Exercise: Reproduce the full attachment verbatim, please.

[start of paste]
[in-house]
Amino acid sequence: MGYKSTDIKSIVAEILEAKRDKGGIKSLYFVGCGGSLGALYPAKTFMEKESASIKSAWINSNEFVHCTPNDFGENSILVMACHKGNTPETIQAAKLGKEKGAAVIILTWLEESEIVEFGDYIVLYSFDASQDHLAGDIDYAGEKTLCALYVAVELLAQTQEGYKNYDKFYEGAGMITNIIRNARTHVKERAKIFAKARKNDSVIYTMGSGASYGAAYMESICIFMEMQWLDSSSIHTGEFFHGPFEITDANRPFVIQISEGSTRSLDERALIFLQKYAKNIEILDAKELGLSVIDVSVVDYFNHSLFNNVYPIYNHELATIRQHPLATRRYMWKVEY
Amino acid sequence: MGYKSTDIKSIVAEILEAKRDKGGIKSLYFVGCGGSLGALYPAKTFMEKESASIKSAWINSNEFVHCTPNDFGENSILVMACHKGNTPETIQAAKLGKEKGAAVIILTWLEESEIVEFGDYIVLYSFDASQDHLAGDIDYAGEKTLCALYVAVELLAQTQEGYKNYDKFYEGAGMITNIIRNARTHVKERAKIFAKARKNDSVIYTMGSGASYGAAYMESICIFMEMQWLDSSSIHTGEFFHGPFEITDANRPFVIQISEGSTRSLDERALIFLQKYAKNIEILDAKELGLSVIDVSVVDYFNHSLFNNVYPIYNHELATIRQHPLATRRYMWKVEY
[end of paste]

[in-house]
Amino acid sequence: MGYKSTDIKSIVAEILEAKRDKGGIKSLYFVGCGGSLGALYPAKTFMEKESASIKSAWINSNEFVHCTPNDFGENSILVMACHKGNTPETIQAAKLGKEKGAAVIILTWLEESEIVEFGDYIVLYSFDASQDHLAGDIDYAGEKTLCALYVAVELLAQTQEGYKNYDKFYEGAGMITNIIRNARTHVKERAKIFAKARKNDSVIYTMGSGASYGAAYMESICIFMEMQWLDSSSIHTGEFFHGPFEITDANRPFVIQISEGSTRSLDERALIFLQKYAKNIEILDAKELGLSVIDVSVVDYFNHSLFNNVYPIYNHELATIRQHPLATRRYMWKVEY
Amino acid sequence: MGYKSTDIKSIVAEILEAKRDKGGIKSLYFVGCGGSLGALYPAKTFMEKESASIKSAWINSNEFVHCTPNDFGENSILVMACHKGNTPETIQAAKLGKEKGAAVIILTWLEESEIVEFGDYIVLYSFDASQDHLAGDIDYAGEKTLCALYVAVELLAQTQEGYKNYDKFYEGAGMITNIIRNARTHVKERAKIFAKARKNDSVIYTMGSGASYGAAYMESICIFMEMQWLDSSSIHTGEFFHGPFEITDANRPFVIQISEGSTRSLDERALIFLQKYAKNIEILDAKELGLSVIDVSVVDYFNHSLFNNVYPIYNHELATIRQHPLATRRYMWKVEY